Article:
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Worker Resistance and Media

Challenging Global Corporate Power in the 21st Century


Lina Dencik and Peter Wilkin

With developments in media technologies creating new opportunities and challenges for social movements to emerge and mobilize, this book is a timely and necessary examination of how organized labour and workers movements are engaging with this shifting environment. Based on extensive empirical research into emerging migrant and low-wage workers movements and their media practices, this book takes a critical look at the nature of worker resistance to ever-growing global corporate power in a digital age. Situating trade unionism in historical context, the book considers other forms of worker organizations and unionism, including global unionism, social movement unionism, community unionism, and syndicalist unionism, all of which have become increasingly relevant in a digitized world-system. At a time when the labour movement is said to be in crisis, this book is essential reading for anyone interested in the state of the labour movement, the future of unions, and the possibilities for challenging corporate exploitation of workers today.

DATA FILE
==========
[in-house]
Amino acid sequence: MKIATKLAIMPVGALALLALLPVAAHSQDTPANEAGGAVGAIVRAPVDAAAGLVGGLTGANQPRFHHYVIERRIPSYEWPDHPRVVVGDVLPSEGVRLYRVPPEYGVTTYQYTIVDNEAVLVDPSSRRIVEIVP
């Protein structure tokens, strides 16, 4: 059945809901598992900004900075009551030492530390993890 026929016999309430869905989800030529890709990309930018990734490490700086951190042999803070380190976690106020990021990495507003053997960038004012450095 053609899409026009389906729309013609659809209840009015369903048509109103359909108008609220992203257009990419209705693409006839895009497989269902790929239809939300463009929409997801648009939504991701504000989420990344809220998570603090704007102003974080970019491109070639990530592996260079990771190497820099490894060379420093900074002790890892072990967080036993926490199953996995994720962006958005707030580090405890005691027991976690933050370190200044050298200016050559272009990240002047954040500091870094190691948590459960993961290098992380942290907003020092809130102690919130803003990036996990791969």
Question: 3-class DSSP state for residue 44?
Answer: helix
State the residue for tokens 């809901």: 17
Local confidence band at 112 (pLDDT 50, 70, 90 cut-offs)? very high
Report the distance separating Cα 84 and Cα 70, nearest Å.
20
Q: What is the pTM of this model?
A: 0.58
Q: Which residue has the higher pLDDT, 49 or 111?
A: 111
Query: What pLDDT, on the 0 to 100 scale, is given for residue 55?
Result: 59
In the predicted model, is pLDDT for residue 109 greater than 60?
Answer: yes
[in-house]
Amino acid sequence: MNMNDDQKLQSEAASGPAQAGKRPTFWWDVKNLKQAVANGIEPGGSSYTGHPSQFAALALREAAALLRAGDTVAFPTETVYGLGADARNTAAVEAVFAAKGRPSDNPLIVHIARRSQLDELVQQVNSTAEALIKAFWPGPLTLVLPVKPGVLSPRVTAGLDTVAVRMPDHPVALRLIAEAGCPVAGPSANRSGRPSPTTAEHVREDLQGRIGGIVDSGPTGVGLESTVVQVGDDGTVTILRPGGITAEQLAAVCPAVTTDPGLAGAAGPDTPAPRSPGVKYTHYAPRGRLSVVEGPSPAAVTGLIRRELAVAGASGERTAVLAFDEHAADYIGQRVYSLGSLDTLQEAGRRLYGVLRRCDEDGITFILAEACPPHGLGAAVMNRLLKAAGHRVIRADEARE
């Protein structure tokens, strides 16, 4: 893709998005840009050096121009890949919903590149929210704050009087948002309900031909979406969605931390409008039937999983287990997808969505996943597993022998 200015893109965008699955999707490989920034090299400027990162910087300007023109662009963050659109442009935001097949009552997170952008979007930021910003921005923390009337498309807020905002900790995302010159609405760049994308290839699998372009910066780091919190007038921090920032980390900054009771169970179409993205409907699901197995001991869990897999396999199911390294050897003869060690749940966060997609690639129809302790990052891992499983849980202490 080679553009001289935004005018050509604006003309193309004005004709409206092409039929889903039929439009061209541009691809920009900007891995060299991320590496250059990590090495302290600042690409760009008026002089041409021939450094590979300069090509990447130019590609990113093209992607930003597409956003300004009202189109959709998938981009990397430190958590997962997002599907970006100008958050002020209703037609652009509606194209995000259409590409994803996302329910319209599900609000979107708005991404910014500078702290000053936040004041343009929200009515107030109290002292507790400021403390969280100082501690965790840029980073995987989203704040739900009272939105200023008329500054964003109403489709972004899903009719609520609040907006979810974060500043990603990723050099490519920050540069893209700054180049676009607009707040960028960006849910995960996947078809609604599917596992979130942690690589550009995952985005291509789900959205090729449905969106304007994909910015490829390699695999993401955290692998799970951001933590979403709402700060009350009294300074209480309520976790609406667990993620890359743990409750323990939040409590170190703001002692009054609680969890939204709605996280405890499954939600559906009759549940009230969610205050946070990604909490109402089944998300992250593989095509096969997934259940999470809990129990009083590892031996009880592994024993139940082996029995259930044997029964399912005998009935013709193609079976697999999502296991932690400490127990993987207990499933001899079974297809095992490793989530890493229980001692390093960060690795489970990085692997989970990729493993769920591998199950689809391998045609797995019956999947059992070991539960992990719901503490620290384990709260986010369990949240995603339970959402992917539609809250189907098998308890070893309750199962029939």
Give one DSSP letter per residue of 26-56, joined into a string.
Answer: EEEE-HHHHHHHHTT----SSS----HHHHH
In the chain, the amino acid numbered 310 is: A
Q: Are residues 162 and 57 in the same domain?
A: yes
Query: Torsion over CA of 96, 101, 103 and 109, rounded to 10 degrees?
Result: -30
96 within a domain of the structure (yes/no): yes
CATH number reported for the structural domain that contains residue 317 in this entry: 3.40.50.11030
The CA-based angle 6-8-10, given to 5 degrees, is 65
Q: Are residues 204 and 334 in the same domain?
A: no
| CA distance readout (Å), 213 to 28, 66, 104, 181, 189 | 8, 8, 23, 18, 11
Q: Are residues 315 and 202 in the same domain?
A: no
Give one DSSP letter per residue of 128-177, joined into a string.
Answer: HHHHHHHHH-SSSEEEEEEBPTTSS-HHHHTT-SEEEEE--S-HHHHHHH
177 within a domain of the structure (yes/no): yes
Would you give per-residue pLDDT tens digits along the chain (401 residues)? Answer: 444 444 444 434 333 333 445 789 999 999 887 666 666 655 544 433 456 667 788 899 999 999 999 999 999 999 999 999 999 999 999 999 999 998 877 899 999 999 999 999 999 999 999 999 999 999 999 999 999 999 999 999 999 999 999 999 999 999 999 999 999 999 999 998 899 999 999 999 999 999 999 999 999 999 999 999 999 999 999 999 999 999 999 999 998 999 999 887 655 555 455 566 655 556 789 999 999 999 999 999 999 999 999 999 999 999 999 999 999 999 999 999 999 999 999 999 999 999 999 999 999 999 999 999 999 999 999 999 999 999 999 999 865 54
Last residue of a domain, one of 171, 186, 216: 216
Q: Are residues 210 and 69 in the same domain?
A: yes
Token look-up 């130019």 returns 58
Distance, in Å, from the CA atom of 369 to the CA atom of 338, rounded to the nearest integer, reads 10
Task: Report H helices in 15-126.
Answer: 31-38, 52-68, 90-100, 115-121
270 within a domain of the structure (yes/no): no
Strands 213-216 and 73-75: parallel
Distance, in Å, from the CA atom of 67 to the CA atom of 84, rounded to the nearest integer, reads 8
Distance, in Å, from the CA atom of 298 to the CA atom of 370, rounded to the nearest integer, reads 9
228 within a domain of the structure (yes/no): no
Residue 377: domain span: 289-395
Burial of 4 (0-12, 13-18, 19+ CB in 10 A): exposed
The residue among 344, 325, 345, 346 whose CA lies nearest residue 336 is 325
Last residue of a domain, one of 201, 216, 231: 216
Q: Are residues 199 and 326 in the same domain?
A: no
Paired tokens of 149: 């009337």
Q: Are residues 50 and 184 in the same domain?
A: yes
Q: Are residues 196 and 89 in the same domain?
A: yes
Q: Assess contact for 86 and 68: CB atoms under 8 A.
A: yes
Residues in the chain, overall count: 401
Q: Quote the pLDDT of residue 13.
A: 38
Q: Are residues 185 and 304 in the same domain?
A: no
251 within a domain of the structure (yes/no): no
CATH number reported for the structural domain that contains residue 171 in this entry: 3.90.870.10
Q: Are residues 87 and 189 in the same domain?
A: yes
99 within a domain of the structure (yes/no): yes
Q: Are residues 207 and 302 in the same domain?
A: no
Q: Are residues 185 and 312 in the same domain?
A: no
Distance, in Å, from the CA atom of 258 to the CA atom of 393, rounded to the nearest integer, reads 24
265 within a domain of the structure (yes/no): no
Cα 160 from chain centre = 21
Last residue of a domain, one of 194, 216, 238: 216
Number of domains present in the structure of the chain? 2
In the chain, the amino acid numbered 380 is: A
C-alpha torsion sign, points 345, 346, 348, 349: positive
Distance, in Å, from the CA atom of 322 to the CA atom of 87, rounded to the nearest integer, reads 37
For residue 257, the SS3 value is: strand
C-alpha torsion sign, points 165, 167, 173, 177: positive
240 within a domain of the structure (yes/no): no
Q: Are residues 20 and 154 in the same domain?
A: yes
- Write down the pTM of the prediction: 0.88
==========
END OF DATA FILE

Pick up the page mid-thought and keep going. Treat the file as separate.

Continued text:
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Chapter 4. The Globalising of the Justice for Janitors Movement


· 4 · the globalising of the justice for janitors movement The impact of the Service Employees International Union’s (SEIU) Justice for Janitors (JFJ) campaign has been perhaps the most powerful symbol of union resistance to GFA over the past 30 years. Pioneering what its proponents re- gard as a more sophisticated and powerful model of union organising, JFJ has morphed into a global organising format that has led the SEIU to build global partnerships with unions in 25 nation-states as well as with the Global Union Federation (GUF) ITU (Forman, 2013a). The reasoning behind this is simple and was expressed by former SEIU president Andy Stern who argued that to fight globalised capital, unions had to go global and build alliances with each other around the world (Aguiar & Ryan, 2009). And this, in essence, is what the SEIU have tried to do. The success of the SEIU model of organising has been built around a multi-layered strategy that places the struggle for workers on different planes: media, workplace and civil society. Andy Banks goes so far as to argue that the SEIU broke all the rules of organising and became a hybrid organisation, part union and part community group (Banks, 1991, p. 17). As we noted in chap- ter two, the public realm that most workers inhabit, particularly in urban ar- eas, has become a site of continual corporate propaganda whether in everyday forms such as advertising, newspapers and television or as manifested in the 108 worker resistance and media spread...

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